At Grammys, zydeco music gets a spark of renewal
Terrance Simien, a leading light among the younger generation of zydeco musicians, is raising the genre's profile at this year's Grammy awards.
When Terrance Simien turned 19, the zydeco musician packed his instruments into a dilapidated van and, along with a bandmate, drove until he arrived at the Lone Star Cafe, on Fifth Avenue, in New York City. The joint was a "dive," he remembers. "Terrible. But it was a popular place to hear music, and we were there to get exposure."Skip to next paragraph
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They got it. In the midst of a raucous set of zydeco tunes, Mr. Simien looked out across the audience, and noticed some familiar faces: Paul Simon. Mick Jagger. Bob Dylan. Soon Keith Richards and Ron Wood jumped up on stage, for a jam. "It was surreal, man," Simien grins. "It was a surreal experience. In some ways, it still is."
Despite the occasional foray outside Louisiana, zydeco's roots are deepest in Lafayette, a Southern town perched on the Vermilion River, 130 miles west of New Orleans. Driven by a bustle of accordion and washboard – and soaring French vocals – the folk genre was born here, and perfected by generations of Creole and Cajun musicians.
In 2001, Simien and his wife, Cynthia, began lobbying the National Academy of Recording Arts and Sciences, which hosts the award ceremony, for a unique category for Cajun and zydeco artists. Back then, musicians in both genres had to compete with mainstream folk recordings – an extremely difficult proposition when the competition is, say, Mr. Dylan.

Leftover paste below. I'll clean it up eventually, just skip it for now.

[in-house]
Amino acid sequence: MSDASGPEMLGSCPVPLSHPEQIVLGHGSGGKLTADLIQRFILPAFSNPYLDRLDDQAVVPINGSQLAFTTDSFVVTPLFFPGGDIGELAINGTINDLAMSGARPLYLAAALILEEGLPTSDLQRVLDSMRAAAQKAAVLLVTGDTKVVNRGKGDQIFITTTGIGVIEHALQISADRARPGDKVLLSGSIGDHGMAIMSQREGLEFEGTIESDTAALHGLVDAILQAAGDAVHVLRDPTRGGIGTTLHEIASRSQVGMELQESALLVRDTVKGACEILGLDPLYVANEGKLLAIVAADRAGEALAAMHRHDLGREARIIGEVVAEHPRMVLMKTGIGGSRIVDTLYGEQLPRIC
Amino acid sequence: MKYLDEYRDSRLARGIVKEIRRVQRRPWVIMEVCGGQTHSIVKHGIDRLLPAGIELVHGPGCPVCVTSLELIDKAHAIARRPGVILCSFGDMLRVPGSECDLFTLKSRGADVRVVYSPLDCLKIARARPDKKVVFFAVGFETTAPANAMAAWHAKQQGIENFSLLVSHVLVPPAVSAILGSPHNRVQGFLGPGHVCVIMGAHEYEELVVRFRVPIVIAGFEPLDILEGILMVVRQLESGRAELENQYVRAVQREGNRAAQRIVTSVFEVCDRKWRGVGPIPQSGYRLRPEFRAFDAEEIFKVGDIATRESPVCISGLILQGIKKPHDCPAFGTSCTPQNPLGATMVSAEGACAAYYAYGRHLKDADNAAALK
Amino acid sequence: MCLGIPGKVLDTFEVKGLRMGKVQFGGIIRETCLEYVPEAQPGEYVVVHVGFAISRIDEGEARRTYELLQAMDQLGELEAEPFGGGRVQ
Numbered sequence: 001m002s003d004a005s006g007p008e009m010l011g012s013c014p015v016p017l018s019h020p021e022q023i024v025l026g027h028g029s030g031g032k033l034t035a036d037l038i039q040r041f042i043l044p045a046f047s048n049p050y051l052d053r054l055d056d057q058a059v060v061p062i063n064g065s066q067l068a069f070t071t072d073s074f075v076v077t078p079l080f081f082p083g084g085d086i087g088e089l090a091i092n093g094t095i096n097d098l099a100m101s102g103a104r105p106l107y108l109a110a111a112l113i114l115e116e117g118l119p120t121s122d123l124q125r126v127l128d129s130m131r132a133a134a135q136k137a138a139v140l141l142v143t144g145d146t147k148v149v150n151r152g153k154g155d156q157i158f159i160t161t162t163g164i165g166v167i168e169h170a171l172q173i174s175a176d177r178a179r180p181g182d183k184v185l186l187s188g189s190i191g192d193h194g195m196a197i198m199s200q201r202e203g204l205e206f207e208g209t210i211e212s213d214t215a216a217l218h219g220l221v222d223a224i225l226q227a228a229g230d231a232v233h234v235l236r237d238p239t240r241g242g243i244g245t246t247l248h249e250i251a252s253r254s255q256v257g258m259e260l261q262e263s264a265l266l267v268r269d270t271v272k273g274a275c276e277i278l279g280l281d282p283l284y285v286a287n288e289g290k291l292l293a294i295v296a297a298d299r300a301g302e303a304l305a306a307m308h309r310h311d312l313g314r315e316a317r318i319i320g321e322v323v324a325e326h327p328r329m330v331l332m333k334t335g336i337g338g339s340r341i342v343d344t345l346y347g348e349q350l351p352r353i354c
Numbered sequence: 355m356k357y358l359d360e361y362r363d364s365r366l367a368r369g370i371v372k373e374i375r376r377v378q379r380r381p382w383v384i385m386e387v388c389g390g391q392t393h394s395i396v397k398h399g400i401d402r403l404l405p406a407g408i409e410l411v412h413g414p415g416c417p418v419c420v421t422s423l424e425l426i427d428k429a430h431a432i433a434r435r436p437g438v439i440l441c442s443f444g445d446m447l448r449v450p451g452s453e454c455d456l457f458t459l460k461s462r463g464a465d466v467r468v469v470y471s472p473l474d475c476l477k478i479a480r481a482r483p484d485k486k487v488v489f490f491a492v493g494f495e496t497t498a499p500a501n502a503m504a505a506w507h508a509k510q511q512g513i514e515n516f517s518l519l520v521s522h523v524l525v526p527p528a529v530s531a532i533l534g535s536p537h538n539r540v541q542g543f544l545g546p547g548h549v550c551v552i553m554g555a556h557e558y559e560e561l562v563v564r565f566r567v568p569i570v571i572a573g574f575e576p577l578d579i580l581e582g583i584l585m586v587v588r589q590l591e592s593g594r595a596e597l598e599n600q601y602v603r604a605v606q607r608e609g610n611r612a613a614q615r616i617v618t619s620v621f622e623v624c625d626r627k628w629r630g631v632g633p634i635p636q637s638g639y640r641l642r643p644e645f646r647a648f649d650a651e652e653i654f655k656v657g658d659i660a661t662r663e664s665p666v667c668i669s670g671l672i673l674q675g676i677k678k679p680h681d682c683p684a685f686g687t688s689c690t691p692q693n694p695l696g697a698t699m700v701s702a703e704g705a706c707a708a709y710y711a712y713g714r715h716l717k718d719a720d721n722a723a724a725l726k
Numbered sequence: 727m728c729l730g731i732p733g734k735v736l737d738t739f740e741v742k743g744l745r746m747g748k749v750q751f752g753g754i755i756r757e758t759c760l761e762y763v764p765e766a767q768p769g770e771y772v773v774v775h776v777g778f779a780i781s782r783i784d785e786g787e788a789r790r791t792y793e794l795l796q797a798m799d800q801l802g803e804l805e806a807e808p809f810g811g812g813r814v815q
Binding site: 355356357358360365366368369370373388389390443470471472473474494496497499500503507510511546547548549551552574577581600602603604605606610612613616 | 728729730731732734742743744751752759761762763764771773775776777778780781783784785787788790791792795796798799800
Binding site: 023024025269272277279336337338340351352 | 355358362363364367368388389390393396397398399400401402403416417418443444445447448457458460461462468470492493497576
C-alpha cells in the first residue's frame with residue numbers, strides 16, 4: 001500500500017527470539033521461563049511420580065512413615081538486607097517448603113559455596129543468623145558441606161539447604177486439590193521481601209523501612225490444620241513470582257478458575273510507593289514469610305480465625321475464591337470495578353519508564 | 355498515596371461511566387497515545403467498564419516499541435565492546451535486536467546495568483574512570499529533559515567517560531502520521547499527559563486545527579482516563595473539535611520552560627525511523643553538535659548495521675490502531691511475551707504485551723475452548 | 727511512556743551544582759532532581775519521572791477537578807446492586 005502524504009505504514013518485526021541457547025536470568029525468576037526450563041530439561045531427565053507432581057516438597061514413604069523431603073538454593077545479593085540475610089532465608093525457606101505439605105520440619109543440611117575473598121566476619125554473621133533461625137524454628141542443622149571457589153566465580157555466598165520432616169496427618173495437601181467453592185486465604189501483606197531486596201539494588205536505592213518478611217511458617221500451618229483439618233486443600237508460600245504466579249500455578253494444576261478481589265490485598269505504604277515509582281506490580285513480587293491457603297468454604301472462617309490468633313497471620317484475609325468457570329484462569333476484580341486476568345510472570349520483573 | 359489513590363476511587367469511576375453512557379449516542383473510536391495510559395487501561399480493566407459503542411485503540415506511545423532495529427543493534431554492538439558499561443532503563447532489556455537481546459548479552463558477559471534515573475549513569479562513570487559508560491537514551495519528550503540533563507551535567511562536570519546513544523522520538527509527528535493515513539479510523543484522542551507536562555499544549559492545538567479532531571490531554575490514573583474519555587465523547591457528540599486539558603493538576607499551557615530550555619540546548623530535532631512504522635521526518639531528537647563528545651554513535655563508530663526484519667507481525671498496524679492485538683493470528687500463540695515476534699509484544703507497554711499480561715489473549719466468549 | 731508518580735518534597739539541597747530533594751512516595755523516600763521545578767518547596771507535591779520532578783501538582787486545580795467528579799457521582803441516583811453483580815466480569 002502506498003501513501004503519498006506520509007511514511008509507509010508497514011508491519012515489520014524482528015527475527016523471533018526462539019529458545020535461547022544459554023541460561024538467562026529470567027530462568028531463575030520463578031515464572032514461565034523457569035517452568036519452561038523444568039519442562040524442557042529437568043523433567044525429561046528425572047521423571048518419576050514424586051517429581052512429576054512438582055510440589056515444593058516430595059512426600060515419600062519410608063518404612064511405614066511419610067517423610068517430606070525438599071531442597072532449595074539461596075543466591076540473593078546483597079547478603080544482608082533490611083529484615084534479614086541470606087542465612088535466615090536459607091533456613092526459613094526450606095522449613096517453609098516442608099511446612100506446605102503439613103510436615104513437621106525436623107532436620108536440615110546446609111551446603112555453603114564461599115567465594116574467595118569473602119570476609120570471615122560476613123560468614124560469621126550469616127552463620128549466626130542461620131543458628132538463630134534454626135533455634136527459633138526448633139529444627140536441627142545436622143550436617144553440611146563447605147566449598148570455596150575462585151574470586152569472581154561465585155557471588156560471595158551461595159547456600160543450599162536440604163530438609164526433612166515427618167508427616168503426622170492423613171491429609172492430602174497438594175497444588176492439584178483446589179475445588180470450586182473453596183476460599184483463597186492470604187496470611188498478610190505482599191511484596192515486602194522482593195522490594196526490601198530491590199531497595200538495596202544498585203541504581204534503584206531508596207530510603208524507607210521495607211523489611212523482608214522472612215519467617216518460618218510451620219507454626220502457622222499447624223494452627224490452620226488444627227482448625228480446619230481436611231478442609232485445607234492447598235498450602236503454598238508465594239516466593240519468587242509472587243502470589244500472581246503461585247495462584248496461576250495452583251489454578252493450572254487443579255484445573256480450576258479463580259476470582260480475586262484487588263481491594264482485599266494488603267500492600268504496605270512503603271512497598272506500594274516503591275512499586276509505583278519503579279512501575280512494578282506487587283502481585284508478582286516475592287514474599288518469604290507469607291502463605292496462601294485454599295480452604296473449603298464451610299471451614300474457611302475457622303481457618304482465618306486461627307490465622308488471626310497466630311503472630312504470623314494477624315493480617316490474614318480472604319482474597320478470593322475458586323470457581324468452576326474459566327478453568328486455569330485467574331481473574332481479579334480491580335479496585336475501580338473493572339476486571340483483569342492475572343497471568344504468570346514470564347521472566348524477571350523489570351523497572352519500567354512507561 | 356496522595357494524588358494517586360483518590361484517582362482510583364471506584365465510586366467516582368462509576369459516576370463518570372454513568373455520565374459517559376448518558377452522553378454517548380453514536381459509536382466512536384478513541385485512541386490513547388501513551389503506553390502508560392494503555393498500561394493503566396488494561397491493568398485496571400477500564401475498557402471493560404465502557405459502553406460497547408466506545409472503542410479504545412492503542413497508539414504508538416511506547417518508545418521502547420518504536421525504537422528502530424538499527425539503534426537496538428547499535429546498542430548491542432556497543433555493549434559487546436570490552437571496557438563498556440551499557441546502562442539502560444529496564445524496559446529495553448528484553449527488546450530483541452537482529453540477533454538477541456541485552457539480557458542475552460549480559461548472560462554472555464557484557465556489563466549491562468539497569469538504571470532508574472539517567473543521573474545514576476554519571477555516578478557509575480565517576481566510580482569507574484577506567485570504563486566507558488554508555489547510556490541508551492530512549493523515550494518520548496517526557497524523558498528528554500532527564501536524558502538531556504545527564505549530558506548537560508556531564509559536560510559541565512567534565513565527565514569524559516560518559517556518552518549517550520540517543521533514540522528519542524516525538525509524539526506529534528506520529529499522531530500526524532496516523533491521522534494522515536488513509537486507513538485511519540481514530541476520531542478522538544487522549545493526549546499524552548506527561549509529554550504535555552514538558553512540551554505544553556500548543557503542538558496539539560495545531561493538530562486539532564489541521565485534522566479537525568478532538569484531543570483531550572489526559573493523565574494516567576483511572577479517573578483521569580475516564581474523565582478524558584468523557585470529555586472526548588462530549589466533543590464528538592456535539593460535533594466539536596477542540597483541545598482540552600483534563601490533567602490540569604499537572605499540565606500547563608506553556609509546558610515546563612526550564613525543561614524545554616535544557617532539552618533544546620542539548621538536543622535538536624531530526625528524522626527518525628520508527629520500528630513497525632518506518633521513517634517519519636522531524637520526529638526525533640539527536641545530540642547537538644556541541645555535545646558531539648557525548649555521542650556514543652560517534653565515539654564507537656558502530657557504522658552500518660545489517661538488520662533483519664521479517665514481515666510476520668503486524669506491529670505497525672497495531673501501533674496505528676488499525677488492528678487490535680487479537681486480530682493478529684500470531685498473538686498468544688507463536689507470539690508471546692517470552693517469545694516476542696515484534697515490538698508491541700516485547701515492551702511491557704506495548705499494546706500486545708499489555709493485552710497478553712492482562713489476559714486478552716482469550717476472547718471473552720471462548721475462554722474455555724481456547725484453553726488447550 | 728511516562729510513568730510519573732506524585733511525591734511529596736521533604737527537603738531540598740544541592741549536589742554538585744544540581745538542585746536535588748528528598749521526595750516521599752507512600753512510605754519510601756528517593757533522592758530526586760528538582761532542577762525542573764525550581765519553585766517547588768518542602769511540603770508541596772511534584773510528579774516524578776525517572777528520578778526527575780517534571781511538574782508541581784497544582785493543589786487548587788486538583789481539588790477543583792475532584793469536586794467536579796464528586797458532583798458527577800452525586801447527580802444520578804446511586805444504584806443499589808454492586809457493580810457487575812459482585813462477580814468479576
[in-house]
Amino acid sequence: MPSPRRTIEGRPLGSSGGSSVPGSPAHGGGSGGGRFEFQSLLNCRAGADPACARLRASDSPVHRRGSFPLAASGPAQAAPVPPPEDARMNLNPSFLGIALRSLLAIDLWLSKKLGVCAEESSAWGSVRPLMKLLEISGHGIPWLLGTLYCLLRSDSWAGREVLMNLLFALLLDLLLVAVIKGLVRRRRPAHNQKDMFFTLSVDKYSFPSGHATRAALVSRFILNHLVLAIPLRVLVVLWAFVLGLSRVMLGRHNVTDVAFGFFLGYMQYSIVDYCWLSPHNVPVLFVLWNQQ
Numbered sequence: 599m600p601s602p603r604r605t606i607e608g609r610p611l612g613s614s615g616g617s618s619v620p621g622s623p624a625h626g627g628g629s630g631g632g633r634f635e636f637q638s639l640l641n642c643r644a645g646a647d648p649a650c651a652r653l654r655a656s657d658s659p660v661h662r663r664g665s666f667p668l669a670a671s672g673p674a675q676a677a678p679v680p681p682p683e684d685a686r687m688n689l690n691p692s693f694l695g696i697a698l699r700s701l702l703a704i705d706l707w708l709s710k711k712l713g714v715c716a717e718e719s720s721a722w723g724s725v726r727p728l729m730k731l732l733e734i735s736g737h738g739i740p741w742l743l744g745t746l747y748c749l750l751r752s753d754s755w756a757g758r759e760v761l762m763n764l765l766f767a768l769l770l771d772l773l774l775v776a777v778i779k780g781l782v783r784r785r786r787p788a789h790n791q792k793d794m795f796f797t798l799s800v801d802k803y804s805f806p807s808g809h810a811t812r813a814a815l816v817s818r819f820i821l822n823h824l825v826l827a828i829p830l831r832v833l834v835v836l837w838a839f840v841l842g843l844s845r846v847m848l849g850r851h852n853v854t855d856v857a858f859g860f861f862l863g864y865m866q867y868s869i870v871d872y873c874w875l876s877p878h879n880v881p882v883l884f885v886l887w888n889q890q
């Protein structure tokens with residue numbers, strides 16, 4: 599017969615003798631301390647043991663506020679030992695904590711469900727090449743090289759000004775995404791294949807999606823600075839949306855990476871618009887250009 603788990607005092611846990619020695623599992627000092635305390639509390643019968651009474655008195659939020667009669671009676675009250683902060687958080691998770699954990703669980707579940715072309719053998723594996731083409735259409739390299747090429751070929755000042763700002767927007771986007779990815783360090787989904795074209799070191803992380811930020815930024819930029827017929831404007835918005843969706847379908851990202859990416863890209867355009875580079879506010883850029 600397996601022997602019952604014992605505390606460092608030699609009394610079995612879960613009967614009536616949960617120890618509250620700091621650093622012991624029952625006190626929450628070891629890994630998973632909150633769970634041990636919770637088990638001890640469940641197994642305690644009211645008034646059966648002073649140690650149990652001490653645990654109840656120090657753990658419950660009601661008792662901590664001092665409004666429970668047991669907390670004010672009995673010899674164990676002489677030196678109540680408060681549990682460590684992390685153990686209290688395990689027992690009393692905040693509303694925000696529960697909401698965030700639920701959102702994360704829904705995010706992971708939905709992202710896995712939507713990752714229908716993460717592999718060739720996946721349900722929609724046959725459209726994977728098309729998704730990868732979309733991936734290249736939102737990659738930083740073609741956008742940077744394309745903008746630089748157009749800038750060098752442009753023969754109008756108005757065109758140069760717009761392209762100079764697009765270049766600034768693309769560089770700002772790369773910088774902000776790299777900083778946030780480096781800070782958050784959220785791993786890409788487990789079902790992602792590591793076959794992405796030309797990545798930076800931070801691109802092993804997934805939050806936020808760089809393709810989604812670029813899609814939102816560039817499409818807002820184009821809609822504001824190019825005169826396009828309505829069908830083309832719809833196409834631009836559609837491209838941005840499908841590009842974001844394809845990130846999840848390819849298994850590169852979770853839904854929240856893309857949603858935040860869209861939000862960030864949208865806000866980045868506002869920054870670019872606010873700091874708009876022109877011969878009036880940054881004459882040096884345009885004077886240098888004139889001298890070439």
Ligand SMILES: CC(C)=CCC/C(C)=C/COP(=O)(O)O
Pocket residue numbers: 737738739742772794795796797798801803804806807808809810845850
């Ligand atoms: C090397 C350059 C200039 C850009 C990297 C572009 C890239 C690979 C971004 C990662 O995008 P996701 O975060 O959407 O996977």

"It was sort of a revelation one day," says Cynthia, who also acts as Terrance's manager. "So many musicians had passed away without recognition. And there was no way they were going to get recognition under the current system."
Last spring, after years of organizational efforts, Cynthia and Terrance discovered the work had paid off: the academy agreed to create a special category for best zydeco or Cajun album. Additionally, Terrance and his band, the Zydeco Experience, had been nominated for an album called "Live World Wide." On Sunday, Feb. 10, Simien and six other local acts will travel to Los Angeles to participate in the Grammy ceremony. Of the seven nominees, only one is based outside of the greater Lafayette area.
"Zydeco is going through a lot of changes," says Alex Rawls, associate editor at offBeat, a music magazine based in New Orleans. "Terrance is one of the ones who is helping that along – incorporating a lot of other forms, pulling genres together. And what has happened is a real growth of zydeco that has incorporated '80s and '90s R & B, along with blues and rhythms from the Cajun country."
That washboard sound
Contemporary Zydeco was brought to mainstream audiences a half century ago by Clifton Chenier, born in Opelousas, La. Mr. Chenier eventually won a Grammy for his efforts and, before he died in 1987, Zydeco was being popularized by musicians such as Buckwheat Zydeco.
But, the genre purists – and the revolutionaries – are still based in "the heart of Cajun country" amid the ramshackle houses, wandering roads, and shuttered music clubs of outer Lafayette.
"It's in the bloodlines," says Simien. "The music comes from the heart – from experiencing the trials and tribulations of growing up in this area. And you can't fake that. A lot of people want to know about the Creole and Cajun cultures. Well, it's right here, in the music."